Women can be reluctant to confess to feelings of anxiety to avoid being labelled as whiny and sometimes healthcare providers can also dismiss early symptoms of anxiety as just par for the course. 

Symptoms of post-natal depression 

  • Negative mood which lasts for more than two weeks 
  • Loss of interest in normal activities 
  • Feelings of sadness and hopelessness 
  • Difficulty concentrating 
  • Possible loss of appetite and insomnia 

Symptoms of post-natal anxiety 

  • Constant feelings of fear and worry 
  • Feelings of restlessness and irritability 
  • Palpitations 
  • Insomnia
  • Obsessive behaviours such as trying to control everything and constantly checking on your baby 
  • Visualising something bad happening to your baby 

What can I do? 

The best thing to do, is talk to a health professional. 

If feelings of depression or anxiety are affecting your everyday life, then it’s important to seek help, so you can feel better and enjoy life with your new-born. 

Outside influences 

The other thing that doesn’t help a new mother’s feelings of well-being are: 

  • The ‘Breastapo’ – You know, those people who look down their noses and make snide remarks that you’re bottle-feeding and not breast-feeding. It shouldn’t matter one iota, but there are always those who will criticise.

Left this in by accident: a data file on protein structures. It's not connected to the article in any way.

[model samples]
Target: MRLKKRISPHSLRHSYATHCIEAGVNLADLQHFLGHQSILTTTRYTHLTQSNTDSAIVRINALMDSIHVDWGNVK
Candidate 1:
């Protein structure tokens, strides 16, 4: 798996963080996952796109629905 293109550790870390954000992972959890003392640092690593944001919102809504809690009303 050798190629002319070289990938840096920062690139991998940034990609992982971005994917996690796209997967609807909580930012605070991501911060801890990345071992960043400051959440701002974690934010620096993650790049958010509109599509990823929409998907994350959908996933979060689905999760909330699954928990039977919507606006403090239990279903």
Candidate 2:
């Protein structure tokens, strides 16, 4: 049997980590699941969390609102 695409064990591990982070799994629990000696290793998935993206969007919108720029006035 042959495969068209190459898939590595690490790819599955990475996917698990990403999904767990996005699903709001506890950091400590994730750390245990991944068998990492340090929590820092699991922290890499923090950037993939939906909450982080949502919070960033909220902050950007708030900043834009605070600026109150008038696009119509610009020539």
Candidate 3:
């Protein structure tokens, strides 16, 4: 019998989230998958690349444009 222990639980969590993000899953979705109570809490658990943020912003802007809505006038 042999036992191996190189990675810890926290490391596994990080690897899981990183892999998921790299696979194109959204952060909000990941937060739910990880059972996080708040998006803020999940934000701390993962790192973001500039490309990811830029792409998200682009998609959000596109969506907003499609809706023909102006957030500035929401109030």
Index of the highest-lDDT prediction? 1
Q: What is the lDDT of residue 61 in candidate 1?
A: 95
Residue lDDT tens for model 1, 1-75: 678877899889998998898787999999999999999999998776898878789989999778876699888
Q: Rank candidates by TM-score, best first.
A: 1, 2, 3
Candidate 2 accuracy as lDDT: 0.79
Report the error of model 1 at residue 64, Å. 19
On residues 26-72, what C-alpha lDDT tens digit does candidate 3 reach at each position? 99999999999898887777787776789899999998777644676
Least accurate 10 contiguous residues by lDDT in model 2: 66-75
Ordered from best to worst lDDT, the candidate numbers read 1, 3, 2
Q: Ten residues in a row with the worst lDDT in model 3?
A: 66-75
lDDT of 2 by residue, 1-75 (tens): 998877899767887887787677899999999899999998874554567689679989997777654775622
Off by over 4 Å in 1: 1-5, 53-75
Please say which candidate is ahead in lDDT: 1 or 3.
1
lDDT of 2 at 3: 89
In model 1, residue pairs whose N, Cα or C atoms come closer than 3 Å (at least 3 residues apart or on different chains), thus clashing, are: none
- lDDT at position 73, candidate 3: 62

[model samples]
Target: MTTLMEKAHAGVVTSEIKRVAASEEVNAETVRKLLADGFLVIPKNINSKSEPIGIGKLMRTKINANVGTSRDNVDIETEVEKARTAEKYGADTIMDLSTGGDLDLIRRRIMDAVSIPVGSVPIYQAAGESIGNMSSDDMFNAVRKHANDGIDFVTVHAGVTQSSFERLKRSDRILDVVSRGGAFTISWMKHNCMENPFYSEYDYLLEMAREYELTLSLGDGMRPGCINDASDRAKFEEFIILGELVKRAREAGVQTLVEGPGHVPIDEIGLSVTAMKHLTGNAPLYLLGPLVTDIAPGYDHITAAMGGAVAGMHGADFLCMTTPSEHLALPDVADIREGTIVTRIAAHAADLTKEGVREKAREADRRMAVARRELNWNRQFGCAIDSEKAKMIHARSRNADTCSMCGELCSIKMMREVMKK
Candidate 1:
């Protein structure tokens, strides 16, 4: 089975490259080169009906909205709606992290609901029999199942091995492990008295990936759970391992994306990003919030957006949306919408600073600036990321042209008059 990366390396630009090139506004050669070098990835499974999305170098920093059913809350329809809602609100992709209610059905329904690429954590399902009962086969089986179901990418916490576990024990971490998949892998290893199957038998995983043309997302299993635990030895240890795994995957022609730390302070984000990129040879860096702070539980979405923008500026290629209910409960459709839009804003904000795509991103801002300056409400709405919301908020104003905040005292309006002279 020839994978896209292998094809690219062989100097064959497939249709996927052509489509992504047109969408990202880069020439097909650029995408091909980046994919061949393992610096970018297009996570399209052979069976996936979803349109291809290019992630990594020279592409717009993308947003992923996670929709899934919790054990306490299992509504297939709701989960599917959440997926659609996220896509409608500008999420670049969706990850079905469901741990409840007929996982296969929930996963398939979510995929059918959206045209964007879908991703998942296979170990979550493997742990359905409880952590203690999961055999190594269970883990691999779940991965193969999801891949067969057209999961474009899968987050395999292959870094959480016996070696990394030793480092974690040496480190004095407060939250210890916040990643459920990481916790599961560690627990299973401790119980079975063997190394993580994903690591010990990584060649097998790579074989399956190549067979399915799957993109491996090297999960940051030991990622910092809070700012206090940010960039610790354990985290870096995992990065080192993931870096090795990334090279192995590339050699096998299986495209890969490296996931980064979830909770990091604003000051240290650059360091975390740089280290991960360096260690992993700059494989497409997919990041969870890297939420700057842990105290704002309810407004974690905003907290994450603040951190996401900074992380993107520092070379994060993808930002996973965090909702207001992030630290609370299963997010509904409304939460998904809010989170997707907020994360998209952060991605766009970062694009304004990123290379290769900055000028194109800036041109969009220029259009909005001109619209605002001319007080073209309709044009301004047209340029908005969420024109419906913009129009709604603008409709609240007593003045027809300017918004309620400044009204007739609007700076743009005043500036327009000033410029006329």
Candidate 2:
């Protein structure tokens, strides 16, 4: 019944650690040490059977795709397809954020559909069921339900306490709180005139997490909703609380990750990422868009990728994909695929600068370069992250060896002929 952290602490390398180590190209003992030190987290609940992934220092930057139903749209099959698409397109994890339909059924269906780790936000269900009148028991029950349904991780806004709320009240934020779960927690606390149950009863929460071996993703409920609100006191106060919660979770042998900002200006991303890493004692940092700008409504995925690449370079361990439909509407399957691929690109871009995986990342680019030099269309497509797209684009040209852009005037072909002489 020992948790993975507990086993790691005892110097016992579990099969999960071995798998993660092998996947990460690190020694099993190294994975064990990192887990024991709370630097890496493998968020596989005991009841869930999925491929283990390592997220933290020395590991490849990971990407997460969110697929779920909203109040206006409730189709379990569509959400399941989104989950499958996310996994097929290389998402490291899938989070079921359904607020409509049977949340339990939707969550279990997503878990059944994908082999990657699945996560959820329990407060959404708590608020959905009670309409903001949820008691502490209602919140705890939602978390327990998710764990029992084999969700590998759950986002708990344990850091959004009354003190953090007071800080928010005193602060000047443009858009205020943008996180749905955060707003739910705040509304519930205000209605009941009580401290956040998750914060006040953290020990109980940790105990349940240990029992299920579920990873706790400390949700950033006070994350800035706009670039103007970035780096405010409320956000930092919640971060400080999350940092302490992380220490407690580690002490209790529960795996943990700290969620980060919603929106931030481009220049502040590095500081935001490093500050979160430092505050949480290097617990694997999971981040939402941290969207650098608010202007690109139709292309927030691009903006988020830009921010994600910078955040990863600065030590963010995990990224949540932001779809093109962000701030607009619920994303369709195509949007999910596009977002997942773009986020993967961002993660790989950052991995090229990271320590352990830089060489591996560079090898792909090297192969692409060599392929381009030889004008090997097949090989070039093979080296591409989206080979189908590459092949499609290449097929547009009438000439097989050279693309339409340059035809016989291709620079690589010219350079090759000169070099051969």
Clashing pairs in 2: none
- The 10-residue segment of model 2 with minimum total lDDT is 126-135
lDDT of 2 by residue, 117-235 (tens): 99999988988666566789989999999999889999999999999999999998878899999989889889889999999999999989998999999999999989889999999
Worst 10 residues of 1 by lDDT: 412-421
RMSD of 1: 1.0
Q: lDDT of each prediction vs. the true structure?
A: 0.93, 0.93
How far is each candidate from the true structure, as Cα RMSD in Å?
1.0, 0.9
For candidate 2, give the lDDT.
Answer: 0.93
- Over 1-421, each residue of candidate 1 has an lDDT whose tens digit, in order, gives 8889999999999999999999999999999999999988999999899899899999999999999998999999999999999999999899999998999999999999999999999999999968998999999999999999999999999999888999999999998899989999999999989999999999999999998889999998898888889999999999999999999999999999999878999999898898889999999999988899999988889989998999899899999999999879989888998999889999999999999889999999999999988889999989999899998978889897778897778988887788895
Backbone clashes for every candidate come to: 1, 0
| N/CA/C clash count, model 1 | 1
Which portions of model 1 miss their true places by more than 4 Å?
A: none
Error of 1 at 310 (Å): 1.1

• Other people – Those well-meaning friends and family members who constantly tell you the best thing to do when it comes to coping with your new-born from sleeping advice to dummies 
  • The media – And those constant images of celebrities who ‘snap back into shape’ a nano-second after giving birth. 

My biggest tip when it comes to any of these is: ignore them. 

You, and you alone know what is best for your baby. 

It doesn’t matter if you breast feed or bottle feed, what matters is you are caring for your baby in the best way you can. Not everyone wants to breast feed, or indeed can. And no one, and I mean no one should ever be made to feel bad. 

Every baby is different and as such their needs are different. As their mother you will learn what they need and what to do.  

And when it comes to your figure, don’t let the media dictate what you should and should not look like two seconds after giving birth. Your body has been through a lot and it will take time to get back to normal, whatever normal is. 

Being a parent is thrilling and frightening every day in equal measure. 

You will make mistakes. But like anything else in life, you will learn from those mistakes and grow. But if you feel you need help, don’t hesitate to reach out and get the help you need.  

Until next time darlings. 

Claire Millins

Claire Millins

Claire is a freelance writer and "blurbologist". She writes about health and wellness, fitness, travel and motorsport. Generally found where the fast cars are, Claire wears a lot of pink and also is a firm believer life should include more impromptu sing-alongs, dance routines and jazz hands 👐